Readers see value in community news


By Steve Key
Hoosier State Press Association

The results of a July survey show the majority of adult Hoosiers reads newspapers.

Three in four adults read a daily or Sunday printed newspaper in an average week. That’s according to an American Opinion Research study conducted for HSPA in cooperation with Indiana state legislators.

Surprised to hear good readership news at a time when so much gloom and despair are written about the future of newspapers?

Anyone who measures the value of newspapers to a community shouldn’t be surprised by strong readership.

Newsreaders gain value far in excess of the single copy price or subscription cost of their local newspaper.

What value to the reader do you place on these vital attributes:

• The democratic benefit of reporters attending meetings and reporting on the actions of school boards, town or city councils, county government and state agencies. Let’s not forget the Indiana General Assembly and trial and appellate courts.

The watchdog role of newspapers has helped save taxpayer dollars and discourage wrongdoing by those who represent us.

• The compilation of everyday community news. Whether it’s birth announcements, engagements, church dinners, civic club news or obituaries, nobody else puts all that information into the hands of readers.

• Business news impacting the community. Does anyone else do a better job of informing a community about openings of new businesses or the closing of others? Newspapers report on factory expansions and layoffs and put a human face to those impacted.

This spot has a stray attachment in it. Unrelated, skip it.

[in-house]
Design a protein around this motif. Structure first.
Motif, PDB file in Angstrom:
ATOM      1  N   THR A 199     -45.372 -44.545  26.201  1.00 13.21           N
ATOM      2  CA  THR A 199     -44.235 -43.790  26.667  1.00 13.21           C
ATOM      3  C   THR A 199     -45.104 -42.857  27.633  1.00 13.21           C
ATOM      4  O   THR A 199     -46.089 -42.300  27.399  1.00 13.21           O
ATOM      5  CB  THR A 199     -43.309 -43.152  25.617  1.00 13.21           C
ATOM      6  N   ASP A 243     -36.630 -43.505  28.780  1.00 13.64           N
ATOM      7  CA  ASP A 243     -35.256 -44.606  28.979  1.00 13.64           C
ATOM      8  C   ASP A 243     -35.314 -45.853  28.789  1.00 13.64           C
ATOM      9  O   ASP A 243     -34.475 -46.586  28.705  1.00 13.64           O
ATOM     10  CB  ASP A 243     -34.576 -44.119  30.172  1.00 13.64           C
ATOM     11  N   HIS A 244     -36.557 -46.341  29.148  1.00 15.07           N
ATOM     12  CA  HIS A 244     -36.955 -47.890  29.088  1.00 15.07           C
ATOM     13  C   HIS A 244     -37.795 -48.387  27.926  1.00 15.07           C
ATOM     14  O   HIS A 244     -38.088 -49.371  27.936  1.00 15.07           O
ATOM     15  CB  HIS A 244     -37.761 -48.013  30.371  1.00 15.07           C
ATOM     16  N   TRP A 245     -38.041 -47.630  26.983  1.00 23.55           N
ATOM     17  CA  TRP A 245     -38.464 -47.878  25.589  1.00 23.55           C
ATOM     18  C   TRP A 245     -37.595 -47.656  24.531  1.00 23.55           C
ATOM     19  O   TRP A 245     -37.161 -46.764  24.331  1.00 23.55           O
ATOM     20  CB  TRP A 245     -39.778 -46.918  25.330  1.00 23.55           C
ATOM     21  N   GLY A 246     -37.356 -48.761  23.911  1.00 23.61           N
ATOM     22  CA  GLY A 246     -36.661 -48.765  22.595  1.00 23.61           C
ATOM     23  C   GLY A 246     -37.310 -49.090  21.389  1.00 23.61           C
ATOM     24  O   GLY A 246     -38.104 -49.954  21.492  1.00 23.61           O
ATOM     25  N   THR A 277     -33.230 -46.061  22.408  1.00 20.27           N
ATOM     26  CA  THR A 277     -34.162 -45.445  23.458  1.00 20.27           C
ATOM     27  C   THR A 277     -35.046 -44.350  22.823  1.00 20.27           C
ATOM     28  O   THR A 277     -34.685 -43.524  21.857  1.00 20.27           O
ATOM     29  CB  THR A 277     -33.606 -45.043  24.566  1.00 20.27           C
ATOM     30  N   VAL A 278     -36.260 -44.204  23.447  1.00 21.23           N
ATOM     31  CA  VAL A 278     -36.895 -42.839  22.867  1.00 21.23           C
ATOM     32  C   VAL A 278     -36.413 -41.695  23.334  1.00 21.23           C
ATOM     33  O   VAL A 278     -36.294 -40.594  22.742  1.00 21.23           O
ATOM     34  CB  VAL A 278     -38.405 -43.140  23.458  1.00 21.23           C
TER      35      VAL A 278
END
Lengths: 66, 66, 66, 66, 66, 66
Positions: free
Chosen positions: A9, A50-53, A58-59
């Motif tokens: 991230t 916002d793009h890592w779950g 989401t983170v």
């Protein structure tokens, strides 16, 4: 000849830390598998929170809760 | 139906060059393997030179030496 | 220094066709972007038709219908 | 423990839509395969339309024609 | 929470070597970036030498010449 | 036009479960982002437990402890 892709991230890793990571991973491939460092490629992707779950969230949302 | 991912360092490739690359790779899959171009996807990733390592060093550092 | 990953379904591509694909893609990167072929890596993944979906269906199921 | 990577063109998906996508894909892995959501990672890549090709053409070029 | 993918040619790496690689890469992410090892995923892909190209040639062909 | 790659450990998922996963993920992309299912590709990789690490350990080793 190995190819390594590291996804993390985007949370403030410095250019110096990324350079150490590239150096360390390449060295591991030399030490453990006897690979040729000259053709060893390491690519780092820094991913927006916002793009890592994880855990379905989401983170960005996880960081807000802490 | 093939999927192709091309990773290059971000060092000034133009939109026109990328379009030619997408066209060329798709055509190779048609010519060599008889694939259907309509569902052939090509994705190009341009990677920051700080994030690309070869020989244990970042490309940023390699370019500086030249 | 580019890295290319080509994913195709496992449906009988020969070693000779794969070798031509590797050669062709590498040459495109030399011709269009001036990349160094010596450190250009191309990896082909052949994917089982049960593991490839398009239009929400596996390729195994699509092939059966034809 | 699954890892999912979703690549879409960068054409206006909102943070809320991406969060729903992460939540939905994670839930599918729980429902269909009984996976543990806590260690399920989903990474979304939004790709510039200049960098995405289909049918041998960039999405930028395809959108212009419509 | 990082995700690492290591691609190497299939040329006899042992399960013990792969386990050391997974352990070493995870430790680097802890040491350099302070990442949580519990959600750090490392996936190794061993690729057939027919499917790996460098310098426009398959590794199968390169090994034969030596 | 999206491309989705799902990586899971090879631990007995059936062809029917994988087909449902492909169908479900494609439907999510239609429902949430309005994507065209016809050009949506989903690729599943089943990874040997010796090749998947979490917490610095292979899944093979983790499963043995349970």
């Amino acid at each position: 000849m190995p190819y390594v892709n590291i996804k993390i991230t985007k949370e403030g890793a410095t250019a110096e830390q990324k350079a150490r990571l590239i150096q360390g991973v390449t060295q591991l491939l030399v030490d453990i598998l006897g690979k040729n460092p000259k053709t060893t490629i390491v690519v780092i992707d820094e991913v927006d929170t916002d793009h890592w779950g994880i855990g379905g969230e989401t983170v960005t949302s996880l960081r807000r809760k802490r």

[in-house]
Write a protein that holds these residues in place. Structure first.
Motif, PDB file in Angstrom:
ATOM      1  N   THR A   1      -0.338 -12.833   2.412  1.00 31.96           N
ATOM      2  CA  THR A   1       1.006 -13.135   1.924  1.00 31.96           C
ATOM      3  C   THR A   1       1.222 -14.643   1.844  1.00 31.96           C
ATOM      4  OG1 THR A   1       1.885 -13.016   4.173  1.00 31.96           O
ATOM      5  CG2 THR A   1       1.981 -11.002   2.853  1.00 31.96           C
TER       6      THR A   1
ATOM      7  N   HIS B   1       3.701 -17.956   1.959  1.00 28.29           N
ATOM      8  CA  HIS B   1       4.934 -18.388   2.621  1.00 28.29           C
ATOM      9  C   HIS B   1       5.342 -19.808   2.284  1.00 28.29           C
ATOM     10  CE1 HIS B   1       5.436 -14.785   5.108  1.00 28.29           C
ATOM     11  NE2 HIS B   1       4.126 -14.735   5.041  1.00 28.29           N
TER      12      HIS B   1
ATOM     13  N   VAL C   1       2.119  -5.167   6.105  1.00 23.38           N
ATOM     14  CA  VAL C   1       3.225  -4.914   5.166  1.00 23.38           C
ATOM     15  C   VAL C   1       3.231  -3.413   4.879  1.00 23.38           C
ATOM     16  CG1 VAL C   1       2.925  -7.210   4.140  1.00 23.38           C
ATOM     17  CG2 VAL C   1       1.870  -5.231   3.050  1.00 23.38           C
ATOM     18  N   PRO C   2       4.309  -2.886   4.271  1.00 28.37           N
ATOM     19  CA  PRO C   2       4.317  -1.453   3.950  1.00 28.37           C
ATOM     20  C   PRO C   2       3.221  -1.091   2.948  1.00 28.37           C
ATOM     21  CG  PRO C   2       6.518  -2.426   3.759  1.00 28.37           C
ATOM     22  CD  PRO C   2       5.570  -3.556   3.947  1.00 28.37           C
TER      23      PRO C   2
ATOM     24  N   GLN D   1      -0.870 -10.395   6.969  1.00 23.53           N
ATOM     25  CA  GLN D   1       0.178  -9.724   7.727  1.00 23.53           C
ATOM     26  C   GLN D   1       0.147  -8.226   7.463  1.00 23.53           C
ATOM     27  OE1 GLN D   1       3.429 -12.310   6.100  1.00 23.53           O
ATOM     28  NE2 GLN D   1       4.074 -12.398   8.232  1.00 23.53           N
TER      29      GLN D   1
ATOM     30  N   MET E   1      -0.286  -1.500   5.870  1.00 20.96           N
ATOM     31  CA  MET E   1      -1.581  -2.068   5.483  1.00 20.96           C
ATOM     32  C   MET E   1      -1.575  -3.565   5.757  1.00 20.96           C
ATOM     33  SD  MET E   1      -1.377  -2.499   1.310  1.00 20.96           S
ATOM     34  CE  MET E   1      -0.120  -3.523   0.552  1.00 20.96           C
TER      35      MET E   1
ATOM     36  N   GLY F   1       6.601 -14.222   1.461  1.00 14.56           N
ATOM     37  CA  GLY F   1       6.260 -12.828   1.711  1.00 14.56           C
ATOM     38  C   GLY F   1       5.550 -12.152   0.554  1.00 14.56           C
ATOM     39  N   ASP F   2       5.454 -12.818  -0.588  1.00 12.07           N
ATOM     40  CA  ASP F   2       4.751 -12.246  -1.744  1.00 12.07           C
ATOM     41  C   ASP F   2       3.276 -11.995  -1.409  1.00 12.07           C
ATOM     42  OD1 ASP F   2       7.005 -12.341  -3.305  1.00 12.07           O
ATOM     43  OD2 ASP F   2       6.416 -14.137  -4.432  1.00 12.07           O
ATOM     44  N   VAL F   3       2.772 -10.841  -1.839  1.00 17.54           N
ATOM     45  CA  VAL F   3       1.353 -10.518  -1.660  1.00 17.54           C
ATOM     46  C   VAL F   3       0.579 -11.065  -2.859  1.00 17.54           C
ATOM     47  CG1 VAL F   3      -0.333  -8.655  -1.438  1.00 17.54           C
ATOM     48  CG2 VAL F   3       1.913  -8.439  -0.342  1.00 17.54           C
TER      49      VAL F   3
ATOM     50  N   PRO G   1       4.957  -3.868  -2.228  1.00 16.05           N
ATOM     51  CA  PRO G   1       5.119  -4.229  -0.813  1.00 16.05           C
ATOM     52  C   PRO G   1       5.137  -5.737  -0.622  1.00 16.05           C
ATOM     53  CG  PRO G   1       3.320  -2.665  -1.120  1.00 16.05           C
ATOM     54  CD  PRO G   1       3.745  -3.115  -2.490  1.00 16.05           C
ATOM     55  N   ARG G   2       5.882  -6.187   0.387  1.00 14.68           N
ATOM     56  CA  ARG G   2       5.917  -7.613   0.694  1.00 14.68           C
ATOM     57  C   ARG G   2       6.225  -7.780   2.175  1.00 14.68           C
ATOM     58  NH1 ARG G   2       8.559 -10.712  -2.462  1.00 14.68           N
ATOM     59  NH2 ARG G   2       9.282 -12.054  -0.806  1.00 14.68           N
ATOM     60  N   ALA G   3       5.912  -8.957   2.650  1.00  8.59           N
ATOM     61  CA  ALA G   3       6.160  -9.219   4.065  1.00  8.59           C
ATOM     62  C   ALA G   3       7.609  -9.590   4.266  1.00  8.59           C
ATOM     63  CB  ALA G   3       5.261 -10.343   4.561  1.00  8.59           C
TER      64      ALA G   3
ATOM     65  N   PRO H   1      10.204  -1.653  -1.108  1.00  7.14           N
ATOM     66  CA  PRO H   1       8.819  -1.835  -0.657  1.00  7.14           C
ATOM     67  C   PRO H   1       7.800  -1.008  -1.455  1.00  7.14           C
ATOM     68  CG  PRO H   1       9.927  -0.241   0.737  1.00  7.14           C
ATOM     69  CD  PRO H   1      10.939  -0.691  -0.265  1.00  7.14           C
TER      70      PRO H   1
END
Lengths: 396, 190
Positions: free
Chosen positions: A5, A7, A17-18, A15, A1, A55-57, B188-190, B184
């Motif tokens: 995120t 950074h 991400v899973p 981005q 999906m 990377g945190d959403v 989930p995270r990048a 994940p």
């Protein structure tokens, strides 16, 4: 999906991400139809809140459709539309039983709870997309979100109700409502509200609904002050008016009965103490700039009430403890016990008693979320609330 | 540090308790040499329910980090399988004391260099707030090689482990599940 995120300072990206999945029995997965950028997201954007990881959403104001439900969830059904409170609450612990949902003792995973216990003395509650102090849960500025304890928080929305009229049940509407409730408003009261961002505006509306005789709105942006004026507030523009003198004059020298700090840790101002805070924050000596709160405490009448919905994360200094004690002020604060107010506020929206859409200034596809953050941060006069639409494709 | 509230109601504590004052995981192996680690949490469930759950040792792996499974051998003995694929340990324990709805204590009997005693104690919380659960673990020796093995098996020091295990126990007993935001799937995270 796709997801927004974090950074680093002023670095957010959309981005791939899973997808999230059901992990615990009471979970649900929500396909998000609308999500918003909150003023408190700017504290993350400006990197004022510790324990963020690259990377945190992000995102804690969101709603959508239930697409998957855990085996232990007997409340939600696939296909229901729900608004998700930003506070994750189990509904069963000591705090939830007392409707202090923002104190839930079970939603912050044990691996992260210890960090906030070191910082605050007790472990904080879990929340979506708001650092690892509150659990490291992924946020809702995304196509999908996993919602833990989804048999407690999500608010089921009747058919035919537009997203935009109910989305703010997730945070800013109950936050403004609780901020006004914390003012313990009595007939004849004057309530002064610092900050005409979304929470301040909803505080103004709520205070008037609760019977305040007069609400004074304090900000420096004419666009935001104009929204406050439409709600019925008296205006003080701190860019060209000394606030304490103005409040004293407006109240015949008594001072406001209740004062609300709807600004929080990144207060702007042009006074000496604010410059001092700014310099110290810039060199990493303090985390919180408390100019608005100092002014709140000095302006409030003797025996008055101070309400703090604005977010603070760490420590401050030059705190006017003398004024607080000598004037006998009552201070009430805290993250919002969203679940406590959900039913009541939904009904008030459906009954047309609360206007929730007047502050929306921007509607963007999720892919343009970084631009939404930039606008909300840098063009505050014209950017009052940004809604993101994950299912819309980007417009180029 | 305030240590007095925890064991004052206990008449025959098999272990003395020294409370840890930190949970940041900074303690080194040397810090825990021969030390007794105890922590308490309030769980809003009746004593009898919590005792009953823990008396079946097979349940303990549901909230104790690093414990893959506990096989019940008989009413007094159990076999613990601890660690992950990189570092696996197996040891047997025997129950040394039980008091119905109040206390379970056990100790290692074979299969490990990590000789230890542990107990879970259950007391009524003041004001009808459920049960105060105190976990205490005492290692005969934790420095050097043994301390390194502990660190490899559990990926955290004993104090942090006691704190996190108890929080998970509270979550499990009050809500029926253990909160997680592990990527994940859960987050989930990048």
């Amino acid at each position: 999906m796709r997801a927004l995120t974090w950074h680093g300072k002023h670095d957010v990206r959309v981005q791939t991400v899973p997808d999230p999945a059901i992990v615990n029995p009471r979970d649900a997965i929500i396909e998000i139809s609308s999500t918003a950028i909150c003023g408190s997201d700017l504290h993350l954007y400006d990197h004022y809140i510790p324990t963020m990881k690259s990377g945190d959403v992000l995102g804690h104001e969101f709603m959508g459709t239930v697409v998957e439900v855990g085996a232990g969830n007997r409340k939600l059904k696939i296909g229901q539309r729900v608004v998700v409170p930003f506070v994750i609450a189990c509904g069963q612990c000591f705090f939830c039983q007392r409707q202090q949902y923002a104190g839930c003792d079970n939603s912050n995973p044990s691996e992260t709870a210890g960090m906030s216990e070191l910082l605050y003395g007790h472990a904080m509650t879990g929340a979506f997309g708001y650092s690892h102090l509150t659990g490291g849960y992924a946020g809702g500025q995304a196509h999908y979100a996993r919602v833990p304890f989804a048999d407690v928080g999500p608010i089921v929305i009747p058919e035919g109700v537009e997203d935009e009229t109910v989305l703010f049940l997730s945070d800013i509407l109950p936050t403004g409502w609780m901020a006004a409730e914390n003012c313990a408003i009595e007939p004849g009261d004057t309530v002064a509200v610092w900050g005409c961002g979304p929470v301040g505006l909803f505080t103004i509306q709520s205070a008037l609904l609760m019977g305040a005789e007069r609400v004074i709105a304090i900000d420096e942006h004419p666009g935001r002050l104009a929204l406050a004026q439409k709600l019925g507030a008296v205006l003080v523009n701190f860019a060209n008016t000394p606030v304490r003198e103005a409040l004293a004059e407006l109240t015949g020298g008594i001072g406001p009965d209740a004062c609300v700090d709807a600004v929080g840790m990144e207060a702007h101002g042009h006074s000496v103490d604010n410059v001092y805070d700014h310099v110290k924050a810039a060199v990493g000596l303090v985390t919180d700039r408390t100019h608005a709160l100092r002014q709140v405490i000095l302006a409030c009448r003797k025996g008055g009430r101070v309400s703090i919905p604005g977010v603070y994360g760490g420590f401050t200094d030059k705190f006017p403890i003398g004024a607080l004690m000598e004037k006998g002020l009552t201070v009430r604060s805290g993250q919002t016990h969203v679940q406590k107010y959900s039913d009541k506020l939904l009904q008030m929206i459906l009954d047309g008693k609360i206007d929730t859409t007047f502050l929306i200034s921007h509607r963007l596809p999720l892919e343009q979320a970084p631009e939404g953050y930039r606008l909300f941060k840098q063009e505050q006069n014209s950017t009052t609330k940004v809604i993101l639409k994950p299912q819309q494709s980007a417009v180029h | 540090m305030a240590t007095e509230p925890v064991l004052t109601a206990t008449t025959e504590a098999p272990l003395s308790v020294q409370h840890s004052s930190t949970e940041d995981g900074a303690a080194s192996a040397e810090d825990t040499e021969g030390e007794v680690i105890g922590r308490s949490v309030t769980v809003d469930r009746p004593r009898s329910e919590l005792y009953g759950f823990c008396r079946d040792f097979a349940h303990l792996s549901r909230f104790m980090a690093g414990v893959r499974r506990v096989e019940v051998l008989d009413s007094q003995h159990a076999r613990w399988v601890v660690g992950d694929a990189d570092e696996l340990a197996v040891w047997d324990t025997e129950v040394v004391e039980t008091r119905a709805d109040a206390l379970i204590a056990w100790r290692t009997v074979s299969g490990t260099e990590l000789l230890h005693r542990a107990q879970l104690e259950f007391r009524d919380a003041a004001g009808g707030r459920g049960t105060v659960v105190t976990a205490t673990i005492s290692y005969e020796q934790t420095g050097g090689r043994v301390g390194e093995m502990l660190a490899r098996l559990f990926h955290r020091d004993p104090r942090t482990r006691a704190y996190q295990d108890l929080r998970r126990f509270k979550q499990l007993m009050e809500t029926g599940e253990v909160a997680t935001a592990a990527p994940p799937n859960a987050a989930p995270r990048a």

Newspapers also keep tabs on how local farmers are faring and the impact of weather, crop prices and other factors on their livelihood.

• The delivery of advertising messages from small local businesses, franchises and major retail corporations. Companies advertise because it drives sales.

While customers fast-forward through TV commercials or change channels to avoid radio spots, they continue to purchase newspapers not only for the news but advertising.

A recent survey found that eight in 10 (79 percent) of adults have taken action as a result of reading or seeing an ad in a print newspaper in the past 30 days (How American Shops and Spends 2014).

• The coverage of human-interest stories. Newspapers lead the way in telling heartfelt stories of people in need, causes that should be supported and heroes that should be heralded.

What newspaper hasn’t seen communities rallying to support a family or charitable cause once a newspaper has brought the story to their attention? I’ve seen gymnasiums filled with people, trucks filled with donations and volunteers coming forward in response to a newspaper story.

• The trumpeting of social issues that a community should address. Newspapers have set the stage for uncountable community debates on issues impacting the quality of life in a community.

Whether the subject is discrimination, health care, environmental issues, education or others, it’s newspapers that draw attention to these subjects.

I’ve heard the voices that say newspapers aren’t important anymore, that you can find everything on the Internet.

But it’s the newspaper that collates all of a community’s news and delivers it to readers in print or electronically in an easy-to-read format day after day, week after week, month after month and year after year.

Whatever price you put on a newspaper’s attributes, readers are surely getting a bargain.

Steve Key is executive director and general counsel for HSPA.